Making Shrimp Chips with Kirsten and Mandy Dixon

The puffed, savory snack gets the Alaskan outback treatment

Kirsten and Mandy Dixon, the mother-daughter chef team of Within the Wild: Alaskan Adventure Lodges, know great seafood. So when they stopped by our test kitchen recently, we asked them to share their recipe for this gloriously salty, savory snack. Largely associated with Indonesian cuisine, crispy fried shrimp chips are often brought as a starter at Indonesian restaurants in America and abroad. Here's how to make them at home.

Peel and devein (unless you're using pristine Alaskan shrimp like the Dixons), then steam 1 pound of shrimp. Purée in a food processor with tapioca starch, ginger, and seasonings; then form into logs and steam again. Once the shrimp logs have cooled, thinly slice them and set on a rack to dry (at least 45 minutes). While a dehydrator can speed up the process, in Indonesia and other Asian countries, the chips are often sun-dried, which allows them to develop a deeper flavor.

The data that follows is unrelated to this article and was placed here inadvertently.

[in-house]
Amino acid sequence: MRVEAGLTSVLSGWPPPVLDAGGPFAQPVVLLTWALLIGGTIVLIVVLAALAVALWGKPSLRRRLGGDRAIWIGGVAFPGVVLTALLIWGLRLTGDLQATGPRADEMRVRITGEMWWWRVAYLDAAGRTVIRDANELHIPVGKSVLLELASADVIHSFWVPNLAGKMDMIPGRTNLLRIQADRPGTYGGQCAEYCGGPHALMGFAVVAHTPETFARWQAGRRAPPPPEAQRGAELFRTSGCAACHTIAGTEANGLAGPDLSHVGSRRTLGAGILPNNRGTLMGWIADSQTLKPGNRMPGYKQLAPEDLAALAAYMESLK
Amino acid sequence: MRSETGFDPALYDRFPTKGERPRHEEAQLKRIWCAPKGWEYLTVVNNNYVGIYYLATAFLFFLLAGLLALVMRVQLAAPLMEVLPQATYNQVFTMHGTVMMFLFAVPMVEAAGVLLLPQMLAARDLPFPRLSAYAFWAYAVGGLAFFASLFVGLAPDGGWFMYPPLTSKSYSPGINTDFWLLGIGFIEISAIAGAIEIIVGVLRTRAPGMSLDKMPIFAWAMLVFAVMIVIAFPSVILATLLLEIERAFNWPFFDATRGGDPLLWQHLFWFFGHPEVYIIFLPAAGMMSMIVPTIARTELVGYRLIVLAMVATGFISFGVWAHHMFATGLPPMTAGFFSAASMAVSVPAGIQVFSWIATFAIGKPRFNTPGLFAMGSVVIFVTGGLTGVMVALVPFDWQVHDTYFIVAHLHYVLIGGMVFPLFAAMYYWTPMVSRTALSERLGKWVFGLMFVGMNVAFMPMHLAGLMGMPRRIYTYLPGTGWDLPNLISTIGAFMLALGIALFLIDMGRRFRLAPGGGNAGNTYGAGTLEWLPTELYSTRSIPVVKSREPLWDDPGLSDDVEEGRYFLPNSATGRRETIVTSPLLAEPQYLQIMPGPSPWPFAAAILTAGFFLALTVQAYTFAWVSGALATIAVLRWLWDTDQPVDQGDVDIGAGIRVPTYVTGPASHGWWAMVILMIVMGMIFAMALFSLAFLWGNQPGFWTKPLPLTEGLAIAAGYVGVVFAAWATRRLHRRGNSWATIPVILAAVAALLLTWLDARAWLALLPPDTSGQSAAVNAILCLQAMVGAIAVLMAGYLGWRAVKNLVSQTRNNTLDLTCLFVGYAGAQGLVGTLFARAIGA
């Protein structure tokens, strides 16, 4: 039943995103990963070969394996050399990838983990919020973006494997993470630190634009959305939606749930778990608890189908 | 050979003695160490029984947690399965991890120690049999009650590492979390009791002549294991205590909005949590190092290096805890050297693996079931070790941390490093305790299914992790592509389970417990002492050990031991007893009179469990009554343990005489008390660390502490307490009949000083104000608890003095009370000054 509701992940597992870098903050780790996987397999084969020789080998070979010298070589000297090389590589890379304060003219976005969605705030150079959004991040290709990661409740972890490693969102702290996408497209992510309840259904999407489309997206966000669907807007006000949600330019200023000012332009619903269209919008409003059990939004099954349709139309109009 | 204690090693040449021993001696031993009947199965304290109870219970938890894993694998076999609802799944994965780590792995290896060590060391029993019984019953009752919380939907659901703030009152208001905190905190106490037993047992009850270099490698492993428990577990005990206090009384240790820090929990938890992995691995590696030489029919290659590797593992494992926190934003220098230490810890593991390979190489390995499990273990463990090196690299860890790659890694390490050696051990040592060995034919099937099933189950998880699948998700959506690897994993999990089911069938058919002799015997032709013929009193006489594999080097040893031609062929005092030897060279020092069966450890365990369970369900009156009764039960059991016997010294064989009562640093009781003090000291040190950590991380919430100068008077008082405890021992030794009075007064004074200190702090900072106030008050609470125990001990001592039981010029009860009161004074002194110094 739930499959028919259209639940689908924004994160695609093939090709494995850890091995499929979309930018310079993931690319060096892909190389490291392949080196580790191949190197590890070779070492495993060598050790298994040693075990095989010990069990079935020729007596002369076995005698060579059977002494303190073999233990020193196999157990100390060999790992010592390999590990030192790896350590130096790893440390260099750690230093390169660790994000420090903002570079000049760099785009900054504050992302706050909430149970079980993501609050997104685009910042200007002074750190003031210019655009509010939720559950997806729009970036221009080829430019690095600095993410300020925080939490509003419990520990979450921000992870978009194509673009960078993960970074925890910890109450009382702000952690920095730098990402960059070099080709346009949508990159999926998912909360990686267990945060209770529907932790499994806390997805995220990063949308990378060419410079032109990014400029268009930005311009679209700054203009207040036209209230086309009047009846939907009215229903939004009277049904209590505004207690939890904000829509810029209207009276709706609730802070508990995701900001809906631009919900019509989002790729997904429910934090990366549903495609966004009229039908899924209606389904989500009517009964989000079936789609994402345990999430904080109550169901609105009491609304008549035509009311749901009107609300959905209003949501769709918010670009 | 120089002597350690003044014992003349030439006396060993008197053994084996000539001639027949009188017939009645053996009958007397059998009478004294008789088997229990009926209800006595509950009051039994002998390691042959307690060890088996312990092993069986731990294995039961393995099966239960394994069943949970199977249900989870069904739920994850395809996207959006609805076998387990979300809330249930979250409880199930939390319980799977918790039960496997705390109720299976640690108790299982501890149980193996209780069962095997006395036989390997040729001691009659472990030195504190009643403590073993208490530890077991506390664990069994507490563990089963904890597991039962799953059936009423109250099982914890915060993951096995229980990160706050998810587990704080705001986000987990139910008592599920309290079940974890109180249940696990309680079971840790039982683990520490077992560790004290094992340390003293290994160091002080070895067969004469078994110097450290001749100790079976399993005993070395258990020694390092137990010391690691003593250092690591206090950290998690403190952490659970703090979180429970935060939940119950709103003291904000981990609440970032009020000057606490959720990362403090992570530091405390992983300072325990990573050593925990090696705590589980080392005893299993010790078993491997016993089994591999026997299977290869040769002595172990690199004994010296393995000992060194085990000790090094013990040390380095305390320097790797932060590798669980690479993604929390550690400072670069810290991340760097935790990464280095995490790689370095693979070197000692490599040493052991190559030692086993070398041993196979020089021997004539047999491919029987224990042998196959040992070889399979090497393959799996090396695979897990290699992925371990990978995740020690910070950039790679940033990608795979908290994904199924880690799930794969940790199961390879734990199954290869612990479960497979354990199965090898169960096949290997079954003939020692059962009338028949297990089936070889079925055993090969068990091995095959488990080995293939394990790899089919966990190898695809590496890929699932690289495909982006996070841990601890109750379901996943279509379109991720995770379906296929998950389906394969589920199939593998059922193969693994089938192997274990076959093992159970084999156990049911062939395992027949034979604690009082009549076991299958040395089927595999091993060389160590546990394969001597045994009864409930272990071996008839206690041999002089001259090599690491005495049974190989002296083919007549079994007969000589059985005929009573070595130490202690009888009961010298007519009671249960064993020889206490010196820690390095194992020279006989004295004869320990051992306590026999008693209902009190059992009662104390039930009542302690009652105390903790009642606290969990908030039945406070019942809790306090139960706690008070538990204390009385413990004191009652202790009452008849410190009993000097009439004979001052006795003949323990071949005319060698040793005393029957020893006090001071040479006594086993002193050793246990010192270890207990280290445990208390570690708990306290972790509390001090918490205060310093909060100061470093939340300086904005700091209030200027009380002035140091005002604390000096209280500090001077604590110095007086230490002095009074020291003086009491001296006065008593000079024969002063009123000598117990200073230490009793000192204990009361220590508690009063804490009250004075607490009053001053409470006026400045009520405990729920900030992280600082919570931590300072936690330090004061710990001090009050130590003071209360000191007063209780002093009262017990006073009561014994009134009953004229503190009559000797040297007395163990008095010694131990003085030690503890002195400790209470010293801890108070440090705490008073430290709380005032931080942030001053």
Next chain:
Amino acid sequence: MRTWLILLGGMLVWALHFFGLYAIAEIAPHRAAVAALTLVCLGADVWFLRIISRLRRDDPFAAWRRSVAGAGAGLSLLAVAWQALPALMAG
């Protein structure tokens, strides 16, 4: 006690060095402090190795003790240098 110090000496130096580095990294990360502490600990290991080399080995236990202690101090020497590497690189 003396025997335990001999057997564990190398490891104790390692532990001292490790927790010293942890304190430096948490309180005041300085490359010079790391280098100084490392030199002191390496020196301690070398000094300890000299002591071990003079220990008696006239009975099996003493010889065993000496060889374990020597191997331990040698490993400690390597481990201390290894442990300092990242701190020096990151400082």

Finally, in a large pot or deep-fryer, heat canola oil to 370º and fry the chips in batches—remember, they puff up, so leave plenty of room for them to grow! Garnish with chile flakes for a bit of spice; or play around with flavor and add chile, or pulverized seaweed when forming the chip "dough." Serve them immediately or store at room temperature for one to two days.